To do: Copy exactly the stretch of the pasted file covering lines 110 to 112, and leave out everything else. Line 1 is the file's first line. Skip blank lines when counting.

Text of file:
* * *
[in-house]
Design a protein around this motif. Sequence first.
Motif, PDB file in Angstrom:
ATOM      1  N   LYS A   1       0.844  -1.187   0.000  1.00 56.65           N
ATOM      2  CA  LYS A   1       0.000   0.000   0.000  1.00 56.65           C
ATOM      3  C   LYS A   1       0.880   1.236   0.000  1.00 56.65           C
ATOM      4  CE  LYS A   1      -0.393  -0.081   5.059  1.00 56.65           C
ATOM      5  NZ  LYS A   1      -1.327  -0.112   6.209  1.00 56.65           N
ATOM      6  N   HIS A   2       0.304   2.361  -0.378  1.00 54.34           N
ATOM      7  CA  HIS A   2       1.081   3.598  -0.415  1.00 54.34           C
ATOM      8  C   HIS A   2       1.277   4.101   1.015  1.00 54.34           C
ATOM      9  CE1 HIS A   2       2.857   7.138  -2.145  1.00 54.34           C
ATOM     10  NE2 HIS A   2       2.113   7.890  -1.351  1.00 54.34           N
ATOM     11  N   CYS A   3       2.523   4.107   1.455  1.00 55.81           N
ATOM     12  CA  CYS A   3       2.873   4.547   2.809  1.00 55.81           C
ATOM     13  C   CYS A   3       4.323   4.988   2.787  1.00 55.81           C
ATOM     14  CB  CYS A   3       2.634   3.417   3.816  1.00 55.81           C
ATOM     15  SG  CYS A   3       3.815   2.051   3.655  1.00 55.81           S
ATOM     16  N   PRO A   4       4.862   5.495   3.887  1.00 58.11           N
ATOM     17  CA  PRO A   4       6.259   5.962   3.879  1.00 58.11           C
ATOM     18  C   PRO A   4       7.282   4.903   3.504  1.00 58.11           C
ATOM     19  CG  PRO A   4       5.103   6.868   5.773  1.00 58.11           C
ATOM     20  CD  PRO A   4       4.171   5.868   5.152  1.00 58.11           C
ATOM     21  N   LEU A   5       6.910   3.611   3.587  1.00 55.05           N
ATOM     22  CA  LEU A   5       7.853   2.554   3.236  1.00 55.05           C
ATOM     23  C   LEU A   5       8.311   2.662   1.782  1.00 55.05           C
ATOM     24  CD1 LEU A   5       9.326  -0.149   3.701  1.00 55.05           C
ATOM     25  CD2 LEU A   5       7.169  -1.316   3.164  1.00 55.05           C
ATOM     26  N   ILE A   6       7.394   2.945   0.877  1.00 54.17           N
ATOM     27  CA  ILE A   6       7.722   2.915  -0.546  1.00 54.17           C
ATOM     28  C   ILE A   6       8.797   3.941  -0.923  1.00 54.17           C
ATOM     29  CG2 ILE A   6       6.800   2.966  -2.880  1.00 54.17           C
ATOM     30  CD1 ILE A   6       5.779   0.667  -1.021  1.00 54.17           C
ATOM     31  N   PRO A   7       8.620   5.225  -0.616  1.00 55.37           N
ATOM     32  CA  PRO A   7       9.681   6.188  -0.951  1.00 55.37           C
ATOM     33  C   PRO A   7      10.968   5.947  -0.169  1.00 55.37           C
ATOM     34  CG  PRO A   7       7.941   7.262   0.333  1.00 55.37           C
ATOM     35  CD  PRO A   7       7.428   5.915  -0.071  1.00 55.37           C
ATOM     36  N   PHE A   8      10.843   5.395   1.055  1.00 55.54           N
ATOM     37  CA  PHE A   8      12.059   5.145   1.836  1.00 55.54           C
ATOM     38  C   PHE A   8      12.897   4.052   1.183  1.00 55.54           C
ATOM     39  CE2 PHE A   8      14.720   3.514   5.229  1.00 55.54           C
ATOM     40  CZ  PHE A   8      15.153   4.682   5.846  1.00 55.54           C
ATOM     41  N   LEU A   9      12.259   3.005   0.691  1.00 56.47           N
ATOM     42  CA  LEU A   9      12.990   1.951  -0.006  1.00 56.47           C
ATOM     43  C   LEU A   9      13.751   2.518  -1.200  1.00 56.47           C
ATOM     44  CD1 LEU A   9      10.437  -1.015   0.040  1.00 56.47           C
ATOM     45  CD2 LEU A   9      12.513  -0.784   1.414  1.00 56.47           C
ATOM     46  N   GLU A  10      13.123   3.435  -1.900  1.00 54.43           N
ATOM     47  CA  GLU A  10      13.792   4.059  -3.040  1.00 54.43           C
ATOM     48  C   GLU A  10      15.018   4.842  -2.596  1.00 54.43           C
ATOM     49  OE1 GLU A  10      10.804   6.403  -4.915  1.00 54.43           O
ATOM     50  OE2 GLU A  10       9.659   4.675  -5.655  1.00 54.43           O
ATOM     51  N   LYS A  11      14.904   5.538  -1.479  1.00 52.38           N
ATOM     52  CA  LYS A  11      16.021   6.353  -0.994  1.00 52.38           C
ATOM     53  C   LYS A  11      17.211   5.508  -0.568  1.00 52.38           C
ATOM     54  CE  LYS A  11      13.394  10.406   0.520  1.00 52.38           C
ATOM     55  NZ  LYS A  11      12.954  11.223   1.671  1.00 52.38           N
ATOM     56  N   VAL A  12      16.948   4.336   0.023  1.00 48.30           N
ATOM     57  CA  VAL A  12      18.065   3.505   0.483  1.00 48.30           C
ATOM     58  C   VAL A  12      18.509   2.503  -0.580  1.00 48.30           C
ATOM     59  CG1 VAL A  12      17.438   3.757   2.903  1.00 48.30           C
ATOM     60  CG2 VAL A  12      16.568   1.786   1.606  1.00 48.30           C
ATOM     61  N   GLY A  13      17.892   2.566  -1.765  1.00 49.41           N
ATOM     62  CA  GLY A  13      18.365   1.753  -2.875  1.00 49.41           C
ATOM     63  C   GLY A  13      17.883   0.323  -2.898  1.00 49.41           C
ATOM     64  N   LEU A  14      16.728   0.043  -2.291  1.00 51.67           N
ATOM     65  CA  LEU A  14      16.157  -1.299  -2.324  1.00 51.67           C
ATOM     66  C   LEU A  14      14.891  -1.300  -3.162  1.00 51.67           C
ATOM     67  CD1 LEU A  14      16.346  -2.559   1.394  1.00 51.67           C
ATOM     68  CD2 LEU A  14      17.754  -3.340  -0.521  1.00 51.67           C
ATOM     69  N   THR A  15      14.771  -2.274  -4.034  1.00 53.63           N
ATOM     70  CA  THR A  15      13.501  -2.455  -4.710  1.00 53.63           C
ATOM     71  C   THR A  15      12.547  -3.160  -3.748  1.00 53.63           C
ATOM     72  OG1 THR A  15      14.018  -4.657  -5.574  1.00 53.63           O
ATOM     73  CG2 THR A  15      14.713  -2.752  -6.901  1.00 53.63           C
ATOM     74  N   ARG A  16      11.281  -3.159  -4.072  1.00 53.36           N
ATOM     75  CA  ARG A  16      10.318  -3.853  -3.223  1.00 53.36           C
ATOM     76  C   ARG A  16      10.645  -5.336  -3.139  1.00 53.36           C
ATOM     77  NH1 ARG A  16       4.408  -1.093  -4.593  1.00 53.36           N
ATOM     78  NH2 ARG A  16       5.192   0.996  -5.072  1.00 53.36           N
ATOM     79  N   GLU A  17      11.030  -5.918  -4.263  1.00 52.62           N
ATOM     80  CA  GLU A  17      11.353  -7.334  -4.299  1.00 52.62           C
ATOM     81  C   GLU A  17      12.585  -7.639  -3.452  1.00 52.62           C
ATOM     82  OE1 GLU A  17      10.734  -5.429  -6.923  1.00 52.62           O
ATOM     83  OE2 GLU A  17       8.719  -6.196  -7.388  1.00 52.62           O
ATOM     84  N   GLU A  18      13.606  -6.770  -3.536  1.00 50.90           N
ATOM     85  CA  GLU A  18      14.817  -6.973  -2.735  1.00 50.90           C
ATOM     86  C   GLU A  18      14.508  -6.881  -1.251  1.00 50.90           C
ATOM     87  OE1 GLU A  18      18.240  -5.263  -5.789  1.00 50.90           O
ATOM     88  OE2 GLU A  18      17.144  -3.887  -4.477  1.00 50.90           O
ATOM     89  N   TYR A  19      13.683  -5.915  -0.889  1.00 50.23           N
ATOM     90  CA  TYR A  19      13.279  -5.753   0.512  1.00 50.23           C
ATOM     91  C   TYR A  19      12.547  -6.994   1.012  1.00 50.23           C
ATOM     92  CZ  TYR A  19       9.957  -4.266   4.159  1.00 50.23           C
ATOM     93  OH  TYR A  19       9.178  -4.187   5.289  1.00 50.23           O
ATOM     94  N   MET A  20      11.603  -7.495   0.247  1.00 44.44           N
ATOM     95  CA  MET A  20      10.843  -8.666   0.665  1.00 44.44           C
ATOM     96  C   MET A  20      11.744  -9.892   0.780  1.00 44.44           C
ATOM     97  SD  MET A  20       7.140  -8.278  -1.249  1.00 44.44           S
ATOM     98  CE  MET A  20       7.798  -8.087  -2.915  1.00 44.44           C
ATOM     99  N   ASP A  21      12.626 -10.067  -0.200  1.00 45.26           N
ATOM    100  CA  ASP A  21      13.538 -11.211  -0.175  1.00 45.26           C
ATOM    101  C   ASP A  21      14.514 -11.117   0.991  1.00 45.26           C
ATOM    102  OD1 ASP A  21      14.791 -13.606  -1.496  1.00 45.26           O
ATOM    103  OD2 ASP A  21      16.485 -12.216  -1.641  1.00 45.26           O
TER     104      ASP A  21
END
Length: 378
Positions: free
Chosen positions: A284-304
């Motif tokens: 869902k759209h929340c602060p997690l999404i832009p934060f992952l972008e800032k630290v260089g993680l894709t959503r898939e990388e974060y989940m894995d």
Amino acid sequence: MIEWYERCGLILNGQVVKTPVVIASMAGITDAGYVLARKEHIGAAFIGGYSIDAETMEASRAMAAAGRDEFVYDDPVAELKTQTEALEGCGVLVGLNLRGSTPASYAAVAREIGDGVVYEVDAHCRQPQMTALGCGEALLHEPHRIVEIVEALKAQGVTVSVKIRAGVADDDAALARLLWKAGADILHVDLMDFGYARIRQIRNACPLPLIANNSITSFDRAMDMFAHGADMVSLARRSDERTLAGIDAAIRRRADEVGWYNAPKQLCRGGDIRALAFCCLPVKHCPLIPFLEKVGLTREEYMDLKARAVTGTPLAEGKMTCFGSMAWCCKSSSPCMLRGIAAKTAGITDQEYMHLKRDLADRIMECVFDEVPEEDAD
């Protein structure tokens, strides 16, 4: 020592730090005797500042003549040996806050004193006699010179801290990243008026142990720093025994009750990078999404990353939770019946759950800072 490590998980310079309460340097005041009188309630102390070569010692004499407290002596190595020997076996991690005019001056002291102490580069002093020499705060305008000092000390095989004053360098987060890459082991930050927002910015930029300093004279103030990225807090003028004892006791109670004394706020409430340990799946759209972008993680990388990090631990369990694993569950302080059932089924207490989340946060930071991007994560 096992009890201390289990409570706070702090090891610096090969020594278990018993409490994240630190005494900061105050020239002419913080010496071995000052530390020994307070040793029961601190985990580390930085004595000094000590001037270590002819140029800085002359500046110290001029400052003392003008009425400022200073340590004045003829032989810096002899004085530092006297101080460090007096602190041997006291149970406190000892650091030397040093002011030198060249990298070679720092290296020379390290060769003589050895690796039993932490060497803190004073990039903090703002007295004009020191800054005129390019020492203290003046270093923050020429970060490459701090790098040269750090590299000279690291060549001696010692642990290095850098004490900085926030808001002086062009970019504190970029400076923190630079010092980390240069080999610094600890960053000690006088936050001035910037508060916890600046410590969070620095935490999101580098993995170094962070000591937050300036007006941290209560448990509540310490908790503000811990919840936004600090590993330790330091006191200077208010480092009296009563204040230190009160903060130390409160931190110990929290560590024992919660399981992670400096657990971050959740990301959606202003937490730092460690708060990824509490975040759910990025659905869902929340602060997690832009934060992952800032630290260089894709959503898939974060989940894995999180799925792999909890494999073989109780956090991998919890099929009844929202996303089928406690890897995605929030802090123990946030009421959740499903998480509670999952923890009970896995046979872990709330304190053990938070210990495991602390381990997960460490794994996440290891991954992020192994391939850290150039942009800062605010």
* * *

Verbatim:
Positions: free
Chosen positions: A284-304
């Motif tokens: 869902k759209h929340c602060p997690l999404i832009p934060f992952l972008e800032k630290v260089g993680l894709t959503r898939e990388e974060y989940m894995d």